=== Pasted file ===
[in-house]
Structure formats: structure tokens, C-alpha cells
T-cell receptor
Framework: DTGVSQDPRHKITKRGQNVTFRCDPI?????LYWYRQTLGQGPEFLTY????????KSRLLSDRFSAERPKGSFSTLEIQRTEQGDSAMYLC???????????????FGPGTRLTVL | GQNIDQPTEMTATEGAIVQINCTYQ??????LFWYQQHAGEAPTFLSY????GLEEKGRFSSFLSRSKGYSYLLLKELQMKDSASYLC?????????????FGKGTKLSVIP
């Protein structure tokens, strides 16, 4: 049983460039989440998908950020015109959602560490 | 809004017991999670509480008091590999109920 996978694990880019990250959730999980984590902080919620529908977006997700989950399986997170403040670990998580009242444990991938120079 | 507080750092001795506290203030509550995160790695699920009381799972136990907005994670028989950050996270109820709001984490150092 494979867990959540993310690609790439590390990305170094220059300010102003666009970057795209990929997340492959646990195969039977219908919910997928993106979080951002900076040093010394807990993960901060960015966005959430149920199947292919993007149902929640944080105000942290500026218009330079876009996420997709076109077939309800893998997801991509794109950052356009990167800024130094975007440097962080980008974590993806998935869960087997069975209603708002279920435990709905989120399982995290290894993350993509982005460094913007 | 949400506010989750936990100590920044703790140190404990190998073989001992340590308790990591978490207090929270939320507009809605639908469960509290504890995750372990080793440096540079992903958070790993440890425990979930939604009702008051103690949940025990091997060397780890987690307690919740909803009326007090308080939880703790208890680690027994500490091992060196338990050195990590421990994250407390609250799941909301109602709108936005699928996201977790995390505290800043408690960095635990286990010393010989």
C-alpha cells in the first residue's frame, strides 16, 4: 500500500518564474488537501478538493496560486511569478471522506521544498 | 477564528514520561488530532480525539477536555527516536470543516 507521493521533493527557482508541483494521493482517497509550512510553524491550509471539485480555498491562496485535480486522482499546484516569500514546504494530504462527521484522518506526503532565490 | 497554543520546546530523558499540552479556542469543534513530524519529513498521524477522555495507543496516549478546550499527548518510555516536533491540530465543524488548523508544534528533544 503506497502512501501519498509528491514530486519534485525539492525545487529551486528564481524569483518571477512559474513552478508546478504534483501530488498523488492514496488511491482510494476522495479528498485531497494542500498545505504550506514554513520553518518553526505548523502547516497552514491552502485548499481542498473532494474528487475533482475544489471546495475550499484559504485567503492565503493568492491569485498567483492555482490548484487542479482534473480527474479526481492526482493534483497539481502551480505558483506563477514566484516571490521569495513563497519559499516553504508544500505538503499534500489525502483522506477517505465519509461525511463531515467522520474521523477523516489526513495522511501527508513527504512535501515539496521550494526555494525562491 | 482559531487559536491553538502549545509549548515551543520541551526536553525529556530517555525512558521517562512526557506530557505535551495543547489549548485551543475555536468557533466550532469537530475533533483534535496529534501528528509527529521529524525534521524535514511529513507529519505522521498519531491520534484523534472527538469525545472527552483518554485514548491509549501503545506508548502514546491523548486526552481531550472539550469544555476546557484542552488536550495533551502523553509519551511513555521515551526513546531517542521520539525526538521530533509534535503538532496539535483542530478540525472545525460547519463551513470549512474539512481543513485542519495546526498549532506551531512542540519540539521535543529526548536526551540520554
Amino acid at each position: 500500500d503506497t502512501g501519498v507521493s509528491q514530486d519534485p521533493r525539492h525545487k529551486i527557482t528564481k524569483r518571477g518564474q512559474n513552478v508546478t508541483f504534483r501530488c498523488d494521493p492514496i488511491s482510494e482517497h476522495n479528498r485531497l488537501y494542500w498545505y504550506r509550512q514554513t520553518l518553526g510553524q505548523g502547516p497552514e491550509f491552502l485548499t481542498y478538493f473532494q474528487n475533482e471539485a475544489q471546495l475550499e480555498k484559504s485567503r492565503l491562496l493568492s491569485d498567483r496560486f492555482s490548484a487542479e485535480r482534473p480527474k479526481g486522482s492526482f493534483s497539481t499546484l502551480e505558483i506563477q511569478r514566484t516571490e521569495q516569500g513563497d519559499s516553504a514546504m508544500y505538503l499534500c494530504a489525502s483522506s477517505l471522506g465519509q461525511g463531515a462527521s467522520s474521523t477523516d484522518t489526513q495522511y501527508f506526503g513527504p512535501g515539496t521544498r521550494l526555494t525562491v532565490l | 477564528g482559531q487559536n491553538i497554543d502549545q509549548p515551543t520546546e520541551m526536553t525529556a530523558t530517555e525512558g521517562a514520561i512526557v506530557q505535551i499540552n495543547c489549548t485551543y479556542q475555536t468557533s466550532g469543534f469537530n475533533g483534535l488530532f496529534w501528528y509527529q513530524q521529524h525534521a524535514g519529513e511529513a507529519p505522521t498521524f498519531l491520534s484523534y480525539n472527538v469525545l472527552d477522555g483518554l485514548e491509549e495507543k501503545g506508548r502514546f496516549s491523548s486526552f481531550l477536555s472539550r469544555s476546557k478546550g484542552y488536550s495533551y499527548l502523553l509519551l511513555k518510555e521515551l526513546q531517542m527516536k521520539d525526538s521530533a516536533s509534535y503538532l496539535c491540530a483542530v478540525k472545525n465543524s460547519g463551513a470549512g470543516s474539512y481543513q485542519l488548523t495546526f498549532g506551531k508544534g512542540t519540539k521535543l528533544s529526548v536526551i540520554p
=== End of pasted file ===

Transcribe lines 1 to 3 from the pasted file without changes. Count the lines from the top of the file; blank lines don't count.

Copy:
[in-house]
Structure formats: structure tokens, C-alpha cells
T-cell receptor